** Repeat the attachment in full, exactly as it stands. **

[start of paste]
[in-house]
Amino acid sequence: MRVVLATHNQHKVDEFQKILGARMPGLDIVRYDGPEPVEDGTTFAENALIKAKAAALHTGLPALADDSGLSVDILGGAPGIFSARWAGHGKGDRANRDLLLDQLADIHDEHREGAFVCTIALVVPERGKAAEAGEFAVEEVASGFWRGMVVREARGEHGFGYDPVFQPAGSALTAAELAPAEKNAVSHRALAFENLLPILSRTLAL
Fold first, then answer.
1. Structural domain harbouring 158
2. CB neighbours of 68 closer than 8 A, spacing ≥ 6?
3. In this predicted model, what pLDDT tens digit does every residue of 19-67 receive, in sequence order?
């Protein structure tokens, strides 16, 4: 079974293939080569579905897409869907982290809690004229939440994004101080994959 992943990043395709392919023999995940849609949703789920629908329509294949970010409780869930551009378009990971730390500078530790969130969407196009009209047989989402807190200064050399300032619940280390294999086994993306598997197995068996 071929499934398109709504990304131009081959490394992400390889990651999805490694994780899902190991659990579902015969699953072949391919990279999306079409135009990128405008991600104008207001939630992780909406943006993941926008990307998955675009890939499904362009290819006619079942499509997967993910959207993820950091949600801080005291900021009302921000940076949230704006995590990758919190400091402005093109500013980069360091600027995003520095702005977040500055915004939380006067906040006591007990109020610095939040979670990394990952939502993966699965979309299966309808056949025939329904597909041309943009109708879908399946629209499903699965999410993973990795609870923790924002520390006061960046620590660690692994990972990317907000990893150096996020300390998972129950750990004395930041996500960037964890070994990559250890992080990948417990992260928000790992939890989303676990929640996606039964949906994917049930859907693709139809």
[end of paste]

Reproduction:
[in-house]
Amino acid sequence: MRVVLATHNQHKVDEFQKILGARMPGLDIVRYDGPEPVEDGTTFAENALIKAKAAALHTGLPALADDSGLSVDILGGAPGIFSARWAGHGKGDRANRDLLLDQLADIHDEHREGAFVCTIALVVPERGKAAEAGEFAVEEVASGFWRGMVVREARGEHGFGYDPVFQPAGSALTAAELAPAEKNAVSHRALAFENLLPILSRTLAL
Fold first, then answer.
1. Structural domain harbouring 158
2. CB neighbours of 68 closer than 8 A, spacing ≥ 6?
3. In this predicted model, what pLDDT tens digit does every residue of 19-67 receive, in sequence order?
């Protein structure tokens, strides 16, 4: 079974293939080569579905897409869907982290809690004229939440994004101080994959 992943990043395709392919023999995940849609949703789920629908329509294949970010409780869930551009378009990971730390500078530790969130969407196009009209047989989402807190200064050399300032619940280390294999086994993306598997197995068996 071929499934398109709504990304131009081959490394992400390889990651999805490694994780899902190991659990579902015969699953072949391919990279999306079409135009990128405008991600104008207001939630992780909406943006993941926008990307998955675009890939499904362009290819006619079942499509997967993910959207993820950091949600801080005291900021009302921000940076949230704006995590990758919190400091402005093109500013980069360091600027995003520095702005977040500055915004939380006067906040006591007990109020610095939040979670990394990952939502993966699965979309299966309808056949025939329904597909041309943009109708879908399946629209499903699965999410993973990795609870923790924002520390006061960046620590660690692994990972990317907000990893150096996020300390998972129950750990004395930041996500960037964890070994990559250890992080990948417990992260928000790992939890989303676990929640996606039964949906994917049930859907693709139809």